It looked like the Dolphins would be without linebackers Koa Misi (ankle) and Phillip Wheeler (thumb) earlier this week, but Wheeler is probable. Misi is doubtful, as is guard Billy Turner (foot). Defensive tackle Randy Starks (toe), wide receiver Mike Wallace (hamstring) and tight end Charles Clay (knee) are all probable. Bills linebacker Keith Rivers (groin) is out, while tight end Lee Smith (toe) and safety Jonathan Meeks (neck) are doubtful. Cornerback Stephon Gilmore (groin) should be back after missing the opener.

Lions at Panthers

The Lions won’t have starting right tackle LaAdrian Waddle (calf) so either Garrett Reynolds or rookie Cornelius Lucas will start. Safety Don Carey (hamstring) is also out and safety James Ihedigbo (neck) is doubtful after missing the opener. Panthers running back DeAngelo Williams (thigh) is questionable after missing two practices, but Cam Newton (ribs) is expected to make his 2014 debut. Tackle Garry Williams (hip) and linebacker Jason Williams (thigh) are also questionable, which may leave the Panthers short on Williamses come Sunday.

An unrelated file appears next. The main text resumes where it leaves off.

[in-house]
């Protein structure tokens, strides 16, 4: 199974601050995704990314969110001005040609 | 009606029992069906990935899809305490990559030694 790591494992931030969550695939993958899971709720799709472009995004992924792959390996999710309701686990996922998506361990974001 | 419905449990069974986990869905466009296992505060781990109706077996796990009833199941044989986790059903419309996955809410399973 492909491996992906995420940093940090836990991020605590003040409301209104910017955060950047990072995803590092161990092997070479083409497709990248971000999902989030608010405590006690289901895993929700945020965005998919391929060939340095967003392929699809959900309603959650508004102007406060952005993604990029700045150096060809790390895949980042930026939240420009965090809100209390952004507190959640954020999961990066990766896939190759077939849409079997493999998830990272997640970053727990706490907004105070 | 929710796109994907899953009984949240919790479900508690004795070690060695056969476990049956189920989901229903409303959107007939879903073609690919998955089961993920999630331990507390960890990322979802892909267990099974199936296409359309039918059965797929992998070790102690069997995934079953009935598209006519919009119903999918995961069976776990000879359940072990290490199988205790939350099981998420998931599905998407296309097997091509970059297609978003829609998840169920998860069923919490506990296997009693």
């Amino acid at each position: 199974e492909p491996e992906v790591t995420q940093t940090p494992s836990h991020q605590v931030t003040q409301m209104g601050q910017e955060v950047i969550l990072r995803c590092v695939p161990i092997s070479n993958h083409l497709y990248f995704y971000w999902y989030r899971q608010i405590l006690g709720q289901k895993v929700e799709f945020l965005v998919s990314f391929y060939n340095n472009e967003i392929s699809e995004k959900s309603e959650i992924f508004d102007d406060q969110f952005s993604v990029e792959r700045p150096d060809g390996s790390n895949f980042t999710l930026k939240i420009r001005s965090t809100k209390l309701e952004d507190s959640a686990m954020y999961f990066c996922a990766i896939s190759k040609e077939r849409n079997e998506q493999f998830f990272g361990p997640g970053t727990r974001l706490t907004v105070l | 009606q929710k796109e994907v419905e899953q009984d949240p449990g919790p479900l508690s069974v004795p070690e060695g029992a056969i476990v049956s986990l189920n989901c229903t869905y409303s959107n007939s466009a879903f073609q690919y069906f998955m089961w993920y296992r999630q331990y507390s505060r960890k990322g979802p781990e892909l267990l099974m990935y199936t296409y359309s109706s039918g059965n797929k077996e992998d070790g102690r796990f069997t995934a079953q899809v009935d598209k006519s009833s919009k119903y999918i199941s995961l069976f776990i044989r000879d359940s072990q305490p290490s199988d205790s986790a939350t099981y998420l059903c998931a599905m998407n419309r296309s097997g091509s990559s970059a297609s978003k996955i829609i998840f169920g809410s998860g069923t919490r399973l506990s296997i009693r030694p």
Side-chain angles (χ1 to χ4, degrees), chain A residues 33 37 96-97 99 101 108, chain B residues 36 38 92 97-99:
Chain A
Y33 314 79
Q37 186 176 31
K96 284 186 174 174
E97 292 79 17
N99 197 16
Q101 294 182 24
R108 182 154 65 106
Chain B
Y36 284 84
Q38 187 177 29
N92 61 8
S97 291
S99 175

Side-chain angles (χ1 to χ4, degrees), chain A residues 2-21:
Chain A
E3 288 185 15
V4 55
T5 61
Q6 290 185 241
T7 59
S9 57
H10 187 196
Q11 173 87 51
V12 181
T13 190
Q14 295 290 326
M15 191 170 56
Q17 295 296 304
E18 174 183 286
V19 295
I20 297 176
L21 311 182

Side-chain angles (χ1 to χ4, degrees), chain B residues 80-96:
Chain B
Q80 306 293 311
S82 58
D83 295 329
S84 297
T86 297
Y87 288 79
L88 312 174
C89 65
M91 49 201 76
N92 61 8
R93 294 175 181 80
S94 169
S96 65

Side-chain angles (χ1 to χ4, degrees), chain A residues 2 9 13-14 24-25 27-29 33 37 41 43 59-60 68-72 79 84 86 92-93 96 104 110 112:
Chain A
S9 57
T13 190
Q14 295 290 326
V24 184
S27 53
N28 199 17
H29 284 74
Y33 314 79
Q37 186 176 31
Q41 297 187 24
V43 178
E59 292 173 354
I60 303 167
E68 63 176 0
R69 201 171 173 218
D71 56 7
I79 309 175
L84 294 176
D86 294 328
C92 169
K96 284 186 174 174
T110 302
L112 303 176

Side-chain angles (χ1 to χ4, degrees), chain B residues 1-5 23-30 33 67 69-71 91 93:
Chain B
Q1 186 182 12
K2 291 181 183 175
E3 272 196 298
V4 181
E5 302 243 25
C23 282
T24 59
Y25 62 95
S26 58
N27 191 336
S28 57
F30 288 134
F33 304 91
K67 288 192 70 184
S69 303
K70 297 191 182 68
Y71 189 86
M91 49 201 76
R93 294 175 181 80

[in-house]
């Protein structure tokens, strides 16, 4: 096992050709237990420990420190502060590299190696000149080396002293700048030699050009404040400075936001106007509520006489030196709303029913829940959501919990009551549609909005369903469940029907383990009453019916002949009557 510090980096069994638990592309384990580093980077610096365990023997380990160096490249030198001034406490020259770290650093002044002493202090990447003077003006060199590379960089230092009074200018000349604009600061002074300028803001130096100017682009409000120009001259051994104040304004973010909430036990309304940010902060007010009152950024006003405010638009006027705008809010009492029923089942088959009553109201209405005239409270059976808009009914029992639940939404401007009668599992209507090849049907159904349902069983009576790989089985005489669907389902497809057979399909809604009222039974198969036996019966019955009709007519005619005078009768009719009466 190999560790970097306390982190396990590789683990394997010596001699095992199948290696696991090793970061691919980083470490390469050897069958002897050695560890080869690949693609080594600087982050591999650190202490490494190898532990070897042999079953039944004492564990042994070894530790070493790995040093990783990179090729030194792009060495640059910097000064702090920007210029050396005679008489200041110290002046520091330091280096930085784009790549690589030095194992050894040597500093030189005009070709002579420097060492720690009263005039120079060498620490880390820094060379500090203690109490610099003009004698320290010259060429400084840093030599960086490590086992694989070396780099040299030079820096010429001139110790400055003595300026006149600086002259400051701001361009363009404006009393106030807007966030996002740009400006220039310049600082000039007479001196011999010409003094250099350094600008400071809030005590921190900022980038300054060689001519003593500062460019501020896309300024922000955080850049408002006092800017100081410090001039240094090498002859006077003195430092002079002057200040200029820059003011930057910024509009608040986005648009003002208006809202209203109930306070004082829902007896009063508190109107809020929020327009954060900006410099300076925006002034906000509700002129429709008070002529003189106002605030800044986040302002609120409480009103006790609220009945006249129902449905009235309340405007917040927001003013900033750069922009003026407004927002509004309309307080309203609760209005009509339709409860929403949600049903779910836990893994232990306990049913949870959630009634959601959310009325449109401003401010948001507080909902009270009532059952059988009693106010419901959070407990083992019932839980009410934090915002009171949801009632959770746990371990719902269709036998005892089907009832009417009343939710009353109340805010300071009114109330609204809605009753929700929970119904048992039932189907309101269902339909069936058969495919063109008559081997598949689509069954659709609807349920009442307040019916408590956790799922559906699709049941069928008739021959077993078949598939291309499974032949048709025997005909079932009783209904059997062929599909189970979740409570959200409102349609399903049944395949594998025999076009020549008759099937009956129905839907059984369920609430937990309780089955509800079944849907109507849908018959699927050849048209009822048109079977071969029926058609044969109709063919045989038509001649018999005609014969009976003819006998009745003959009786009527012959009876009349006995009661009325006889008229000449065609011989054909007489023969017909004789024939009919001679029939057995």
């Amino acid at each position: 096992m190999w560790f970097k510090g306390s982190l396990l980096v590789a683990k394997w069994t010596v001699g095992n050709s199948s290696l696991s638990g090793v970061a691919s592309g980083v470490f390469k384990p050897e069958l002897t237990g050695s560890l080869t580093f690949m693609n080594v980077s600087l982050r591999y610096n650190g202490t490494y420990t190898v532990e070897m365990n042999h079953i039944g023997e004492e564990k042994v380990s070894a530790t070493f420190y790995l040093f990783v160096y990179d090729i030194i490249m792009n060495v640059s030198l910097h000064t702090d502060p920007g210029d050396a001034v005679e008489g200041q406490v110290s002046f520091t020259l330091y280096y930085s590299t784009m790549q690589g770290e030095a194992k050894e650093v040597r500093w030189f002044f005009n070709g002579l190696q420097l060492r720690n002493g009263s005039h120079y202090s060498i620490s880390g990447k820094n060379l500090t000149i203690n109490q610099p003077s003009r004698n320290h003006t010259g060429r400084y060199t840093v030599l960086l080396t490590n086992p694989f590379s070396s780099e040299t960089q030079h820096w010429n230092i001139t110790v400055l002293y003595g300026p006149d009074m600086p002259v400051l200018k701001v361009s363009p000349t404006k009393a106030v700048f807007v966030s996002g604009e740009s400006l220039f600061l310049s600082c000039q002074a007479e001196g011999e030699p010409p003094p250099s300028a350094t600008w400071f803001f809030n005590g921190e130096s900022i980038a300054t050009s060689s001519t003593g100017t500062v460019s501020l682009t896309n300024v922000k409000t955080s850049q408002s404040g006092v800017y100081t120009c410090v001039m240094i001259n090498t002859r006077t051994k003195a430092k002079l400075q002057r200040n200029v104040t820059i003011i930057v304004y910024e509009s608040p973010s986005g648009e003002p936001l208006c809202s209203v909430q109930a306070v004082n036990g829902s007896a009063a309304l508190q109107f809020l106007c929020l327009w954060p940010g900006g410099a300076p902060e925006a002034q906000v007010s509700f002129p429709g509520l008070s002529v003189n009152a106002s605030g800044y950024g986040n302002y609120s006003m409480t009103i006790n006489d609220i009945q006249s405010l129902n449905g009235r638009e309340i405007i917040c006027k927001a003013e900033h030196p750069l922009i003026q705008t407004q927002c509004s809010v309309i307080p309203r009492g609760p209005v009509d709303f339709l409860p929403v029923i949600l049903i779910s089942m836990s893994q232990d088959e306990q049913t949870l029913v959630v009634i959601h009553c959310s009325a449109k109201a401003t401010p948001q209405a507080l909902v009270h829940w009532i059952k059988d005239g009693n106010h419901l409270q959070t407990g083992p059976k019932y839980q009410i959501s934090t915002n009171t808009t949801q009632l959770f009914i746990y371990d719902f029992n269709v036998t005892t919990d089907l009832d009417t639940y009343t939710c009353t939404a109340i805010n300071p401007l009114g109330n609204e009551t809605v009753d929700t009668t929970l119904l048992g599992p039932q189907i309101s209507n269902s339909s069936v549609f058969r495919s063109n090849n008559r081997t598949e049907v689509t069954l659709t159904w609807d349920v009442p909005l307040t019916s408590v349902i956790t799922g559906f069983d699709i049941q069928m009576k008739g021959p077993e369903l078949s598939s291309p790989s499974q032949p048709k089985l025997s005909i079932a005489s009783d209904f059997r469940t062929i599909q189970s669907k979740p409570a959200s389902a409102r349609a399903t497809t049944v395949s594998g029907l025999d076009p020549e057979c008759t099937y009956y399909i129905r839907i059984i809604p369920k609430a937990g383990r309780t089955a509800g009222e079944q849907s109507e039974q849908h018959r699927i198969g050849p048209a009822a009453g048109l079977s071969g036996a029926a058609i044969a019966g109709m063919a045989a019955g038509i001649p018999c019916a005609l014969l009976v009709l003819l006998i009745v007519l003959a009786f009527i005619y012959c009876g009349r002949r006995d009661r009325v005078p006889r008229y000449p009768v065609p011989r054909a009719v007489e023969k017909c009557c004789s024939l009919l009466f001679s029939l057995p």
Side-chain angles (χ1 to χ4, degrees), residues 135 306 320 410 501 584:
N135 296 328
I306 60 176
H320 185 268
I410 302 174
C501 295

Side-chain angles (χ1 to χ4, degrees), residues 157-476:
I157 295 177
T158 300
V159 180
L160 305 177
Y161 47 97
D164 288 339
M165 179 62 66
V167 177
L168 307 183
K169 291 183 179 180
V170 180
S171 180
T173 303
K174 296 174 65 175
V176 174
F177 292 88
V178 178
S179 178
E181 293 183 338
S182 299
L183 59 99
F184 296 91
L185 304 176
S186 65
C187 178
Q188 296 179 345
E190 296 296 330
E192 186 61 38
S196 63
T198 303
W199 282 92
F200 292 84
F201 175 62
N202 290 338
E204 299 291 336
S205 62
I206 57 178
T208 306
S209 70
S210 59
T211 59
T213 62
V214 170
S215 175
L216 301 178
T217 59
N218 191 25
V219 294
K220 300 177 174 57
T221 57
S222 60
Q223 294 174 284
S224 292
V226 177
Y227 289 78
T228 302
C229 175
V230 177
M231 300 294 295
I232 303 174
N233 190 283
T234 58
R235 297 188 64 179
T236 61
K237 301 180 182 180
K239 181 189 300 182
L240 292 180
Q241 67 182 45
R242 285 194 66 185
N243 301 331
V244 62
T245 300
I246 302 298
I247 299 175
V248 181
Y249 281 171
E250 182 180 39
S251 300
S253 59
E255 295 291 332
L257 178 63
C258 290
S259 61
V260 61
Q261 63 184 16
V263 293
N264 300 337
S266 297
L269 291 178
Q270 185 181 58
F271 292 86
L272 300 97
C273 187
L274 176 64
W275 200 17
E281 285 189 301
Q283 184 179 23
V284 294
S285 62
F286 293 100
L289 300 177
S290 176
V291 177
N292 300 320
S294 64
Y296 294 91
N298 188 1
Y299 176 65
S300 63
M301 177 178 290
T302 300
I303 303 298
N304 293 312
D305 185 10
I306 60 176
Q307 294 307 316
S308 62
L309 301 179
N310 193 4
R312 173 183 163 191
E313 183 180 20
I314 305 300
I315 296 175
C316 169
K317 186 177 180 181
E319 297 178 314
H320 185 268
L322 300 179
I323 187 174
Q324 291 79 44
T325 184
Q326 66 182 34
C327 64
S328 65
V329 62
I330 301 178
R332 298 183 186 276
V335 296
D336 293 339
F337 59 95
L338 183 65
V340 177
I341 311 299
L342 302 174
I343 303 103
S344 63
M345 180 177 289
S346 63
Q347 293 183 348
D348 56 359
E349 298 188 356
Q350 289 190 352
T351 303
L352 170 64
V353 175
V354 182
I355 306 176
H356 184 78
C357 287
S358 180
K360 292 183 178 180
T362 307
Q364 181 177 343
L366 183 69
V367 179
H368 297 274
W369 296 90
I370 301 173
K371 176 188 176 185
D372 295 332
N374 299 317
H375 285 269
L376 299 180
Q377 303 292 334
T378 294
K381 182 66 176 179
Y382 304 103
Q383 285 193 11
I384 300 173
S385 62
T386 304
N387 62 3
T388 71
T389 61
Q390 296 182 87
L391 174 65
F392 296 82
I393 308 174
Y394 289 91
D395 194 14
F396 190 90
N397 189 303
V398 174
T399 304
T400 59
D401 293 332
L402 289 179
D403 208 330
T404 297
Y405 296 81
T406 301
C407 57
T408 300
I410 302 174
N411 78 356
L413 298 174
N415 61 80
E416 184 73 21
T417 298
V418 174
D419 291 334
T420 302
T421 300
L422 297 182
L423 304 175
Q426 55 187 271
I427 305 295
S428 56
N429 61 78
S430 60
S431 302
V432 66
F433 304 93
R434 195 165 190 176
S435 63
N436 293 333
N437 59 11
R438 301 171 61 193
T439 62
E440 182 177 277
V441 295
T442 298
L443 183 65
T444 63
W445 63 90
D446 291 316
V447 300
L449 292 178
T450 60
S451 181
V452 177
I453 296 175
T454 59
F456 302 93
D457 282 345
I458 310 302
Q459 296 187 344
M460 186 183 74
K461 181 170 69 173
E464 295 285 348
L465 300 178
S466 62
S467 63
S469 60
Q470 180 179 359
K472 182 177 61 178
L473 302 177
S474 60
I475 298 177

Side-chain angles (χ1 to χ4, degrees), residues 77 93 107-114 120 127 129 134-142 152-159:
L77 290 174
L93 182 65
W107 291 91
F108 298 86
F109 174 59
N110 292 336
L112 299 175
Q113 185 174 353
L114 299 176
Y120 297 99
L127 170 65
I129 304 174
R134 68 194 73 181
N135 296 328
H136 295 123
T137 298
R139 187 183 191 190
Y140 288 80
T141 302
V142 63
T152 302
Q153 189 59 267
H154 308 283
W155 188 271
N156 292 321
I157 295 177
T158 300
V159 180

Falcons at Bengals

The Falcons have a short injury report, but there will be one painful absence. Left tackle Jake Matthews (ankle) won’t play on Sunday. There are more players on the Bengals report, but the only big question mark is linebacker Vontaze Burfict (concussion). Wide receiver A.J. Green (foot) and defensive tackle Geno Atkins (feet) are both probable.

Saints at Browns

Safety Marcus Ball (hamstring) and fullback Erik Lorig (ankle) remain out for the Saints, but wide receiver Kenny Stills is probable to return from a quad injury. Browns tight end Jordan Cameron and linebacker Barkevious Mingo are both questionable with shoulder injuries. Running back Ben Tate (knee) won’t play. Defensive end Desmond Bryant (wrist) is also questionable for Cleveland.